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Igshaan Adams Desire Lines I Was A Hidden Treasure Then I Wanted To Be Known  2016 Fabric Fabric Paint Metal Beads Rope And Tassels 200 X 500 Cm 1

Igshaan Adams: Desire Lines

Apr 2–Aug 1, 2022

Exhibition

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At the heart of Igshaan Adams’s expansive weaving practice lies a question: “How would you treat someone differently if you knew everything about them? Or nothing?”

In his tapestries and textile installations, Adams engages with the gaps—the information that is seemingly absent, overlooked, or rendered invisible in the spaces we inhabit individually and collectively. Through the beads, shells, glass, rope, wire, and found objects he uses to compose his weavings, Adams highlights the material aspects of lived spaces along with the personal stories held within them.

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Al-Muhyee (“The Giver of Life”), 2020


Igshaan Adams. Courtesy of blank projects, Cape Town. © Igshaan Adams

Adams’s hometown, Bonteheuwel, South Africa, is a key source of inspiration. This predominantly working-class township in southeast Cape Town was founded in the 1960s as part of the forced segregation during the Apartheid era. Adams approaches Bonteheuwel both as a deeply personal space, imbued with childhood memories and a network of familial relationships, and a politically charged space, shaped by violence and generational trauma. Neither can erase the other; both are always present.

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I was a hidden treasure, then I wanted to be known …, 2016


Igshaan Adams. Minneapolis Institute of Art, Gift of Funds from Mary and Bob Mersky, 2018.57. Image courtesy of blank projects, Cape Town. © Igshaan Adams

Bringing together more than 20 projects dating from 2014 to the present—including a large-scale new commission created for the exhibition—Desire Lines is the first major solo presentation of the artist’s work in the United States. Designed in close collaboration with Adams, the exhibition revolves around the notion of desire lines: informal pathways created by pedestrians choosing a more expedient route to their desired destination, as both a convenience and a way to transgress fixed boundaries. Whether it’s by tracing these lines on Bonteheuwel’s physical and socio-political terrain, or rematerializing the pathways of the linoleum floors he recovers from the homes of family and friends, Adams proposes the desire lines as a metaphor for the paths created by one individual which then assume a collective form. In doing so, he transforms what appears to be a mundane detail into a site of beauty, visibility, and agency.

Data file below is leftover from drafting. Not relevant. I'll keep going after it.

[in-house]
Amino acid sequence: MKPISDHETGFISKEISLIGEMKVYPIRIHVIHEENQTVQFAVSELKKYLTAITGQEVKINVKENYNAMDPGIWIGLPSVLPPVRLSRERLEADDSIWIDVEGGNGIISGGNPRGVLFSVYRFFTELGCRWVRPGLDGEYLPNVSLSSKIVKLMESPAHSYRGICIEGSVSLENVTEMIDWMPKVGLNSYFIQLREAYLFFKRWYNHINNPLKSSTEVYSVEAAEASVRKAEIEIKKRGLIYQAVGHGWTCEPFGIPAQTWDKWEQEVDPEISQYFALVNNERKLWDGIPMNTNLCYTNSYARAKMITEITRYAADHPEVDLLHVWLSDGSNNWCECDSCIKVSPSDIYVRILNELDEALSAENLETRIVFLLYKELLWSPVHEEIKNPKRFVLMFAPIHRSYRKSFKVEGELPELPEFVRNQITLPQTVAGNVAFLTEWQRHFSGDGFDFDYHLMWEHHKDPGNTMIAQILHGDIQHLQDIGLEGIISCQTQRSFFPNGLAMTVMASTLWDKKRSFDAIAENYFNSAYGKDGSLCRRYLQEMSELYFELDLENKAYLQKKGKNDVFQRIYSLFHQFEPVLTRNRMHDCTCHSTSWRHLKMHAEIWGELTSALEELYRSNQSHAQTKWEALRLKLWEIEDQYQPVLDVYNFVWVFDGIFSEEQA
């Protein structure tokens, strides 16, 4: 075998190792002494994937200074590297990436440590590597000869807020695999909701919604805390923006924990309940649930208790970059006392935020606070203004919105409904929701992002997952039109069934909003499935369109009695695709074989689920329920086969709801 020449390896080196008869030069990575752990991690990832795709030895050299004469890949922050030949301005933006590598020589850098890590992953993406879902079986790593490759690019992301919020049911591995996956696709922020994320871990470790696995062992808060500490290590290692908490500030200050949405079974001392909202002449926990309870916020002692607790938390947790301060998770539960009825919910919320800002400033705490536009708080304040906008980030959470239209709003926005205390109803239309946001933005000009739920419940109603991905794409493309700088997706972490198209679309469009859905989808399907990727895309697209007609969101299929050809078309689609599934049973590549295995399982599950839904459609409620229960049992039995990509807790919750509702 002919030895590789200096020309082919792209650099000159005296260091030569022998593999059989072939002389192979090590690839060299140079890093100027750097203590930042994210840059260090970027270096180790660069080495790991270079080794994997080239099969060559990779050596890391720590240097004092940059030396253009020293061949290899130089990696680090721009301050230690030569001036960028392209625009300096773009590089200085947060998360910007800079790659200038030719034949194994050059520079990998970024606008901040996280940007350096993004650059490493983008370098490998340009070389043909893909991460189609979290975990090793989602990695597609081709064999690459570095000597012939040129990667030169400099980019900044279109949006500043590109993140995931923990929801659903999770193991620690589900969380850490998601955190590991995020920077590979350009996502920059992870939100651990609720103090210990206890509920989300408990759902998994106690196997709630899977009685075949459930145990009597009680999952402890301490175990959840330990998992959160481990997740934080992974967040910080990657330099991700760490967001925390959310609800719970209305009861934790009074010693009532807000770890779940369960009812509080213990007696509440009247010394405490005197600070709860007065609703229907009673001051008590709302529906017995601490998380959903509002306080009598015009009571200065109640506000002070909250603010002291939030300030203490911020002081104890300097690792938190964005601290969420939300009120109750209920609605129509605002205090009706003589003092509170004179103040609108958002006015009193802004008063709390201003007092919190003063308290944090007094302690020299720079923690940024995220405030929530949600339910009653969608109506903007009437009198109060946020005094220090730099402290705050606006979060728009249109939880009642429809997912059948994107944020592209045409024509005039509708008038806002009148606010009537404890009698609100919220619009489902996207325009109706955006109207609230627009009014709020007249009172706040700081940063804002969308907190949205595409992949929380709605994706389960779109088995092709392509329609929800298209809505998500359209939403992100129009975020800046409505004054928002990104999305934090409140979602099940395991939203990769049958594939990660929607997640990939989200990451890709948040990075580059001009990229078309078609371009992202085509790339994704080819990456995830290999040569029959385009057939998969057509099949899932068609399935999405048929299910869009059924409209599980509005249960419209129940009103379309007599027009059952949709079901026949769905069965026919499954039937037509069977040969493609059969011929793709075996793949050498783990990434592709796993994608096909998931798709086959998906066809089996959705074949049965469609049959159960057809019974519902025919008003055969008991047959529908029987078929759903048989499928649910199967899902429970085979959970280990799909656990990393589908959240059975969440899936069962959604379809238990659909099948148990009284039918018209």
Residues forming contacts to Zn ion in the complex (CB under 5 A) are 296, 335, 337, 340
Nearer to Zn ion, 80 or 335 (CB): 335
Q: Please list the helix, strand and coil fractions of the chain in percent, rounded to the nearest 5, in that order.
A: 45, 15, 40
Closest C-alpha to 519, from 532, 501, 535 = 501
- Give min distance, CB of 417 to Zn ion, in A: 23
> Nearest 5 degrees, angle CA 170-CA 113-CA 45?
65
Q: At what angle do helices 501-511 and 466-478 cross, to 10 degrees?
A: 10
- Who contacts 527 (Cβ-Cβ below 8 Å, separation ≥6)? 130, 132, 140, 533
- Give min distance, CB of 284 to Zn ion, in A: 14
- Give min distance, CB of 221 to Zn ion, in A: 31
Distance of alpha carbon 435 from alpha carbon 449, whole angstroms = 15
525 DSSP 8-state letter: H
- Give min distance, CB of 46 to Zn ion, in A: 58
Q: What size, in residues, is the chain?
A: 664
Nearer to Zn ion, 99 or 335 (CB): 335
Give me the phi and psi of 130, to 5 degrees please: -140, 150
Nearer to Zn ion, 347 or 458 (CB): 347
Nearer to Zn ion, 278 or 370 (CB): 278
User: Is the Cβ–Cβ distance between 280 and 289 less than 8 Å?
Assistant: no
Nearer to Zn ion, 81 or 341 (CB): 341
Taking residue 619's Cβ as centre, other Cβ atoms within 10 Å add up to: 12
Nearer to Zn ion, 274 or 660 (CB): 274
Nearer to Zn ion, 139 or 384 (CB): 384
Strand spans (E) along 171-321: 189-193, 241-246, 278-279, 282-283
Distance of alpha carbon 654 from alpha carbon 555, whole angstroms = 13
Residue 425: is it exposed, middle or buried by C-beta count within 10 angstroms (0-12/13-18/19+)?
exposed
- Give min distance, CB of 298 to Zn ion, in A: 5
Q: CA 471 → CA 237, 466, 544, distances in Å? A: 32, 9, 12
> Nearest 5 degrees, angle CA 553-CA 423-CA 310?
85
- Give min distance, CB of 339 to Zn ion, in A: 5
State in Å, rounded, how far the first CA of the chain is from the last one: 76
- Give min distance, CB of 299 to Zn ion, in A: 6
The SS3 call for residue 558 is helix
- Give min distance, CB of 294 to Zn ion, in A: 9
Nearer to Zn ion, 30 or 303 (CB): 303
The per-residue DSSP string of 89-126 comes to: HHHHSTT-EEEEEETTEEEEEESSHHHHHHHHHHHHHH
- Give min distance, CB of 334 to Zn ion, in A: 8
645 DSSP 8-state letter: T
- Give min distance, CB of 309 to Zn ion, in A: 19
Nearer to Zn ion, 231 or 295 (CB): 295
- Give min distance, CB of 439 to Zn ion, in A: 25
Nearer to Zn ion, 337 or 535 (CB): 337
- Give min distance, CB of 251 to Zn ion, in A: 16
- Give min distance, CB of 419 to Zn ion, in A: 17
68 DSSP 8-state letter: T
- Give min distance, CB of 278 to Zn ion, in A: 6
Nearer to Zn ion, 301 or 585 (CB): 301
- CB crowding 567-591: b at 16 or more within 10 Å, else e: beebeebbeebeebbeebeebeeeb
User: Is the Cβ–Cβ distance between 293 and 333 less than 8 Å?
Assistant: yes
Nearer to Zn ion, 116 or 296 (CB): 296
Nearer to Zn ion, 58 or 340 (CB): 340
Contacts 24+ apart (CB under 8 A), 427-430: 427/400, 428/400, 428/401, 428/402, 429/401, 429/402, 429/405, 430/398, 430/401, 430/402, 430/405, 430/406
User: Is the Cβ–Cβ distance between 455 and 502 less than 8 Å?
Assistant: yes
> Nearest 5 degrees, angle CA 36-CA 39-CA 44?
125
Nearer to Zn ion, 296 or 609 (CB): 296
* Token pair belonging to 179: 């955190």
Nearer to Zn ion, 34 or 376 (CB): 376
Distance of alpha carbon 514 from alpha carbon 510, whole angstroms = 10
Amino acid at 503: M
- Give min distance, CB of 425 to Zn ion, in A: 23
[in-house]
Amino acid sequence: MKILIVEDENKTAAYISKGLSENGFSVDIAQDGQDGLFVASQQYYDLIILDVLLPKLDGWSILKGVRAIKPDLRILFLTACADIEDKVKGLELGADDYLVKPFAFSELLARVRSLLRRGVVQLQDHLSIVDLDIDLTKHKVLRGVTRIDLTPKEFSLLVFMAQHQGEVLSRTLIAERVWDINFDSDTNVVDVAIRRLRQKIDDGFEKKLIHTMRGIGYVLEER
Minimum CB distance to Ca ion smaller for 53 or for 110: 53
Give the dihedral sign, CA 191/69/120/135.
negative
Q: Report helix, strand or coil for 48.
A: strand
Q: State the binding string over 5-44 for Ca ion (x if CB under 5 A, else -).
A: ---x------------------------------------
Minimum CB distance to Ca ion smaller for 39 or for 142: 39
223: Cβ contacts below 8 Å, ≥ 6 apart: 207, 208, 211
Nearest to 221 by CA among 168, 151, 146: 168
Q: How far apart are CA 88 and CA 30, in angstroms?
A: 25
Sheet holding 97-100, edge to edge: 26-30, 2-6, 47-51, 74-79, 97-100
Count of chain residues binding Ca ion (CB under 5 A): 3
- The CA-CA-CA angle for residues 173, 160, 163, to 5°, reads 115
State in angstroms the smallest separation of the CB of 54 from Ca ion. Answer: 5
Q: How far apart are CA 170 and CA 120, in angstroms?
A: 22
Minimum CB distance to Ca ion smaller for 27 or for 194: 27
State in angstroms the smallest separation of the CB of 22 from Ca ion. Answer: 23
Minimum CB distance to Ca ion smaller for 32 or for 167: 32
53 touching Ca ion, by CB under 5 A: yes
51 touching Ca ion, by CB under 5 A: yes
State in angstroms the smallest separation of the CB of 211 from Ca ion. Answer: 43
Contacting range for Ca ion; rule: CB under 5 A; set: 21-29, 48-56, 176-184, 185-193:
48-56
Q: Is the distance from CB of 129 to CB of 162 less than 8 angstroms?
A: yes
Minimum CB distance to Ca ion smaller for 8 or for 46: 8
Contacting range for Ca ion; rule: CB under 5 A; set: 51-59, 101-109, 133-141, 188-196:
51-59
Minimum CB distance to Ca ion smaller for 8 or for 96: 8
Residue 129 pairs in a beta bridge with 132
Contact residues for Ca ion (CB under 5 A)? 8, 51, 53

Igshaan Adams: Desire Lines is curated by Hendrik Folkerts, Dittmer Curator of Modern and Contemporary Art.

The exhibition will be accompanied by a fully illustrated catalogue, including a new visual essay by Igshaan Adams and commissioned texts by Lynne Cooke, Isaac Facio, Hendrik Folkerts, Josh Ginsburg, Imam Muhsin Hendricks, Eusebius McKaiser, Kathryn Smith, and Arnisa Zeqo, as well as two poems by Ocean Vuong. 

Sponsors

Major support for Igshaan Adams: Desire Lines is provided by the Society for Contemporary Art, the Artworkers Retirement Society, the Council for Canadian American Relations, Nancy and David Frej, The Joyce Foundation, The Joyner/Giuffrida Collection, Barbara Ruben, and Wendy Fisher and A4 Arts Foundation.

Additional support is contributed by Marisa Murillo, Martin Fluhrer and John W. Williams, and the Rennie Foundation.

Members of the Luminary Trust provide annual leadership support for the museum’s operations, including exhibition development, conservation and collection care, and educational programming. The Luminary Trust includes an anonymous donor, Neil Bluhm and the Bluhm Family Charitable Foundation, Karen Gray-Krehbiel and John Krehbiel, Jr., Kenneth C. Griffin, the Harris Family Foundation in memory of Bette and Neison Harris, Josef and Margot Lakonishok, Robert M. and Diane v.S. Levy, Ann and Samuel M. Mencoff, Sylvia Neil and Dan Fischel, Anne and Chris Reyes, Cari and Michael J. Sacks, and the Earl and Brenda Shapiro Foundation.

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